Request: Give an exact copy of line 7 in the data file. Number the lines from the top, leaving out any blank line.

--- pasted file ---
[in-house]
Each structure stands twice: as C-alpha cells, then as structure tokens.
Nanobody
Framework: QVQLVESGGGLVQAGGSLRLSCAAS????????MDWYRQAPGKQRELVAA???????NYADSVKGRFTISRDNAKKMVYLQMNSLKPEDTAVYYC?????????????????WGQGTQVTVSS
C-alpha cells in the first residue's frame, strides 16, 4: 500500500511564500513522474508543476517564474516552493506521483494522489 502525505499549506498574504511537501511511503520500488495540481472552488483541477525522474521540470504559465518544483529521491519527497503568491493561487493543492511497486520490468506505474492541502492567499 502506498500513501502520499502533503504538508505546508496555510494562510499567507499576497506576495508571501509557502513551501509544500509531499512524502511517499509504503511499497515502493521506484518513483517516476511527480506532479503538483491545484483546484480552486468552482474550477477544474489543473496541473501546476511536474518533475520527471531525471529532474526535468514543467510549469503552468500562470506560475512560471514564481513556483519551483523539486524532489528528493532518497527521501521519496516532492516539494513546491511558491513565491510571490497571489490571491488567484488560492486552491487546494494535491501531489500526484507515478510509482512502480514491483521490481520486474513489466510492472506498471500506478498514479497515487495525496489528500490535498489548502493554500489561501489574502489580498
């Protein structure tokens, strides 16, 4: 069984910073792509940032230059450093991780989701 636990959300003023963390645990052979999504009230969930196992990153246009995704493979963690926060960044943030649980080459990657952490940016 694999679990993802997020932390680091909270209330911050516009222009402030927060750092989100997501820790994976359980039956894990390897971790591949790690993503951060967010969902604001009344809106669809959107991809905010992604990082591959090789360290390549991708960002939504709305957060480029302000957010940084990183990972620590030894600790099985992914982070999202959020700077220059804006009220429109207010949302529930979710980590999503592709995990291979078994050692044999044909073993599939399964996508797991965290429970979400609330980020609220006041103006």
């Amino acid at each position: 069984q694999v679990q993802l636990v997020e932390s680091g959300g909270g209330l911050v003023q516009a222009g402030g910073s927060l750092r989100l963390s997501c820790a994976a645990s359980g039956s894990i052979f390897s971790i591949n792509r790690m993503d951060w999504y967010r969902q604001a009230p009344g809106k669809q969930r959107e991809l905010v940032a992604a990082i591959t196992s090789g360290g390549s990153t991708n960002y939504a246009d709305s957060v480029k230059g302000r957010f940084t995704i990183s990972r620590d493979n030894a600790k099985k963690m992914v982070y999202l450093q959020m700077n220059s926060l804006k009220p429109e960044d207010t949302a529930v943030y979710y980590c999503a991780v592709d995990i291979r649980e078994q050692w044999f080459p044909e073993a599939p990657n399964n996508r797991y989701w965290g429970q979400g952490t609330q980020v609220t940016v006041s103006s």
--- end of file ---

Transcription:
């Amino acid at each position: 069984q694999v679990q993802l636990v997020e932390s680091g959300g909270g209330l911050v003023q516009a222009g402030g910073s927060l750092r989100l963390s997501c820790a994976a645990s359980g039956s894990i052979f390897s971790i591949n792509r790690m993503d951060w999504y967010r969902q604001a009230p009344g809106k669809q969930r959107e991809l905010v940032a992604a990082i591959t196992s090789g360290g390549s990153t991708n960002y939504a246009d709305s957060v480029k230059g302000r957010f940084t995704i990183s990972r620590d493979n030894a600790k099985k963690m992914v982070y999202l450093q959020m700077n220059s926060l804006k009220p429109e960044d207010t949302a529930v943030y979710y980590c999503a991780v592709d995990i291979r649980e078994q050692w044999f080459p044909e073993a599939p990657n399964n996508r797991y989701w965290g429970q979400g952490t609330q980020v609220t940016v006041s103006s």